Volunteer Jam VI: Bigger and Better - Soapbox Jr.
After an emotional Volunteer Jam V, the stage was set for Jam VI on January 12, 1980, the fourth one at Nashville’s Municipal Auditorium.
A lot had changed in a year. The CDB’s breakthrough single, “The Devil Went Down to Georgia,” had skyrocketed the band’s profile. and the song and the band would be nominated for -and won - multiple CMA and ACM awards, and would even win a Grammy in coming months after the song hit number one on the country charts, and even peaked at #3 on Billboard’s Hot 100, kept out of the #1 spot only by The Knack’s “My Sharona,” and Earth Wind & Fire’s “After the Love Has Gone.”
So, expectations for the 1980 Jam were elevated to say the least, and it goes without saying that it was another sold out show, in fact, if they found a way to get more than 10,000 people into the Municipal Auditorium, they would have had plenty of demand.
The special guest artists list almost doubled. And the show was now running into the wee hours of the morning.
I’m going to have to pick and choose, otherwise, it may take up about a third of the soapbox.
Papa John Creach, Sea Level, Stillwater, John Prine, and Grinderswitch were all back, along with The Marshall Tucker Band, Wet Willie, Dobie Gray, The Henry Paul Band, Willie Nelson, The Winters Brothers and the full Allman Brothers Band was fully represented this year, along with the incomparable Bonnie Bramlett.
Then some new Jam faces, Louisiana’s LeRoux, Mickey Gilley, Elvin Bishop (on a bale of hay), Crystal Gayle, Billy Joel’s saxophone player Richie Cannata, Delbert McClinton, “Do the Funky Chicken,” singer Rufus Thomas, Gospel superstar Bobby Jones and New Life and the legendary Ray Price.
There were many others, but I’ve only got limited space to work with, and one more I’m holding back on for a couple more paragraphs.
Mickey Gilley sat in with the CDB to perform “Don’t The Girls All Get Prettier at Closing Time,” which was a huge hit for him, and had also been featured in the filmed, but not yet released, motion picture, “Urban Cowboy.” Both Mickey's song, and "The Devil Went Down to Georgia" went worldwide later in 1980 because of the movie which was set in Mickey's club, Gilley's in Pasadena, TX.
The CDB also backed up Rufus Thomas on his “Do the Funky Chicken” performance, and a long-haired cowboy hat-wearing “country boy” from Detroit named Ted Nugent.
Ted launched into his description of the invitation of his Jam invitation, and then proceeded to rock the stage with a very “Nuge” take on the Chuck Berry song, “Carol.”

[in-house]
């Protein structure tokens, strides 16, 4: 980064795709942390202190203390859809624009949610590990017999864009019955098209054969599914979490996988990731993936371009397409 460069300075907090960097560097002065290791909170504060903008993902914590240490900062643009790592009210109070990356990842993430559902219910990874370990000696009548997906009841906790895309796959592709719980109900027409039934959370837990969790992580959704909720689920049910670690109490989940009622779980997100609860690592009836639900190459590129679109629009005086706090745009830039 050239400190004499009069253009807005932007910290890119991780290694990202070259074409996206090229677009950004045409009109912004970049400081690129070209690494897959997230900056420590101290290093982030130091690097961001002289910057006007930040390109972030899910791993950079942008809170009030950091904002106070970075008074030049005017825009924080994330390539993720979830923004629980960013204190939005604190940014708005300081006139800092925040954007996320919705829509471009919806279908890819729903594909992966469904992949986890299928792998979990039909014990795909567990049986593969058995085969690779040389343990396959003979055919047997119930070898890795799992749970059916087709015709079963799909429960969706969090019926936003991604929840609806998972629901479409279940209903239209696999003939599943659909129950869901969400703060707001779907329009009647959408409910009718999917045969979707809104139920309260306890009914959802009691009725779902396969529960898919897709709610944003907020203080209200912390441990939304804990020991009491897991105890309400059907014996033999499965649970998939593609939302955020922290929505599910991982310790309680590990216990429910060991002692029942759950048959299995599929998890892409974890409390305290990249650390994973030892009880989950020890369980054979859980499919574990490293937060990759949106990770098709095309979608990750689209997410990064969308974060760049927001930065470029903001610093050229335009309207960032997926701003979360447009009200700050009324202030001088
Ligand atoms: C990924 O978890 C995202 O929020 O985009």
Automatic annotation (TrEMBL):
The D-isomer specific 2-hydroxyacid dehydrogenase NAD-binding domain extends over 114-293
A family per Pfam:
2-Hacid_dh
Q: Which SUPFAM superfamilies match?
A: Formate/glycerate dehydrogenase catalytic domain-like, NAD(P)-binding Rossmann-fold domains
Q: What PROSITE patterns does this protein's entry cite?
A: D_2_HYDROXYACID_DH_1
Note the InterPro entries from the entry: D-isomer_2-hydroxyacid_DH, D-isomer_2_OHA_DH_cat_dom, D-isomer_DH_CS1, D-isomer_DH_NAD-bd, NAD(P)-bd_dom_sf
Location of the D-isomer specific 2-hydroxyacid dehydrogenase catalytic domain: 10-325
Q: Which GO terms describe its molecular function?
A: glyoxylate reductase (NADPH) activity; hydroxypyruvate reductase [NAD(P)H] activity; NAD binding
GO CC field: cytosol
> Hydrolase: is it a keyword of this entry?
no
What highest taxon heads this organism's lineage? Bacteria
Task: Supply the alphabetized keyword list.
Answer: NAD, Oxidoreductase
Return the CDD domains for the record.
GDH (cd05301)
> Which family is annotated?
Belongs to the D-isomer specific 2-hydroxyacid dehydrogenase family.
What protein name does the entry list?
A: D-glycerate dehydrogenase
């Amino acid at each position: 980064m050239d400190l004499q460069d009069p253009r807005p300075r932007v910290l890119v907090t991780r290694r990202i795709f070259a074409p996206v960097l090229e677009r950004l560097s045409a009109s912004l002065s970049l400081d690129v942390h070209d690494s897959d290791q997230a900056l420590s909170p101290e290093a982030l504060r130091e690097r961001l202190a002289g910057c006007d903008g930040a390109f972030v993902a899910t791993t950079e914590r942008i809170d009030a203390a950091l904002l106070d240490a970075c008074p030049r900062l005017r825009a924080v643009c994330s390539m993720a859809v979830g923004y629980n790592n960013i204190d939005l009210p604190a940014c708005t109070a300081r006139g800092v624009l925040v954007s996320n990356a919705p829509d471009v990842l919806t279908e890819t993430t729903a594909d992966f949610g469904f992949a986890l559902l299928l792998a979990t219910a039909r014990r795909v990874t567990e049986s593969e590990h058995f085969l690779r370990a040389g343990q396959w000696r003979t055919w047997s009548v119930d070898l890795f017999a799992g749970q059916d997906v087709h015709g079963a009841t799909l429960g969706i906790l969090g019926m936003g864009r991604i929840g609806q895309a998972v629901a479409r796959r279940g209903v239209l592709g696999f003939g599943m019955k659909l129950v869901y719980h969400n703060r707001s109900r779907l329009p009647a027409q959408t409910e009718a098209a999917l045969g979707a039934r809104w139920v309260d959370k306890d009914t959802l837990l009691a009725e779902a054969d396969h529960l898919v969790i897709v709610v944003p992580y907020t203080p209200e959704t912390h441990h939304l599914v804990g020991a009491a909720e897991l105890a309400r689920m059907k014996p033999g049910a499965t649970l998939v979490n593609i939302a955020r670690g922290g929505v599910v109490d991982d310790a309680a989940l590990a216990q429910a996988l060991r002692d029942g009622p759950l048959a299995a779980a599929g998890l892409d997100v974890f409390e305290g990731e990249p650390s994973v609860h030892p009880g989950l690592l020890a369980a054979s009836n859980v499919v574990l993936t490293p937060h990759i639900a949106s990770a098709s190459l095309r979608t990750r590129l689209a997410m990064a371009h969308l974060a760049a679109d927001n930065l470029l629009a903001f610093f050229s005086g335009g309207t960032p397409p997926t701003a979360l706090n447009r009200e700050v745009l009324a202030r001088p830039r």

At almost 15, I was turning into a pretty big Ted fan at this point, so I was happy to see the Motor City Madman rockin’ out with dad. It was pretty dang cool, that’s for sure, and he went over so well, that after he finished the song, dad invited him back for Jam VII while still on stage.
As he often did, dad closed the CDB set with Gospel songs, made even sweeter by the addition of Bobby Jones and New Life, “Amazing Grace,” and “Will the Circle Be Unbroken.”
Jam VI was also the third Jam album to be released, along with Jam II on Capricorn records and ‘Volunteer Jam III & IV’ on Epic. It’s available as an import CD and appears to now be available for streaming.
It was another night to remember, and I haven’t even gotten to all the other outstanding performances of the evening, but there are a lot of highlights out there.
Jam VI was also broadcast on television as a PBS special, and a lot of those performances are available on YouTube, including “Carol,” “Caballo Diablo,” “Uneasy Rider,” “Passing Lane,” “Southbound,” “Ramblin’ Man,” “Don’t the Girls All Get Prettier at Closing Time,” and Dobie Gray’s powerful performance of The Band’s “The Night they Drove Old Dixie Down.”
The Jam was becoming a huge event now. It was not only drawing in southern rock and country fans, it was starting to bring in superstars from other genres, something it would continue to do for the next decade and beyond.
That holds true for Volunteer Jam: A Musical Salute to Charlie Daniels, just this week, Travis Tritt was confirmed for the August 18, 2021 show at Bridgestone Arena. Get tickets HERE
“Ain’t it good to be alive and be in Tennessee!”
Let’s all make the day count!
What do you think?
Pray for our troops, our police, the Peace of Jerusalem and our nation.
God Bless America!
— Charlie Daniels, Jr.
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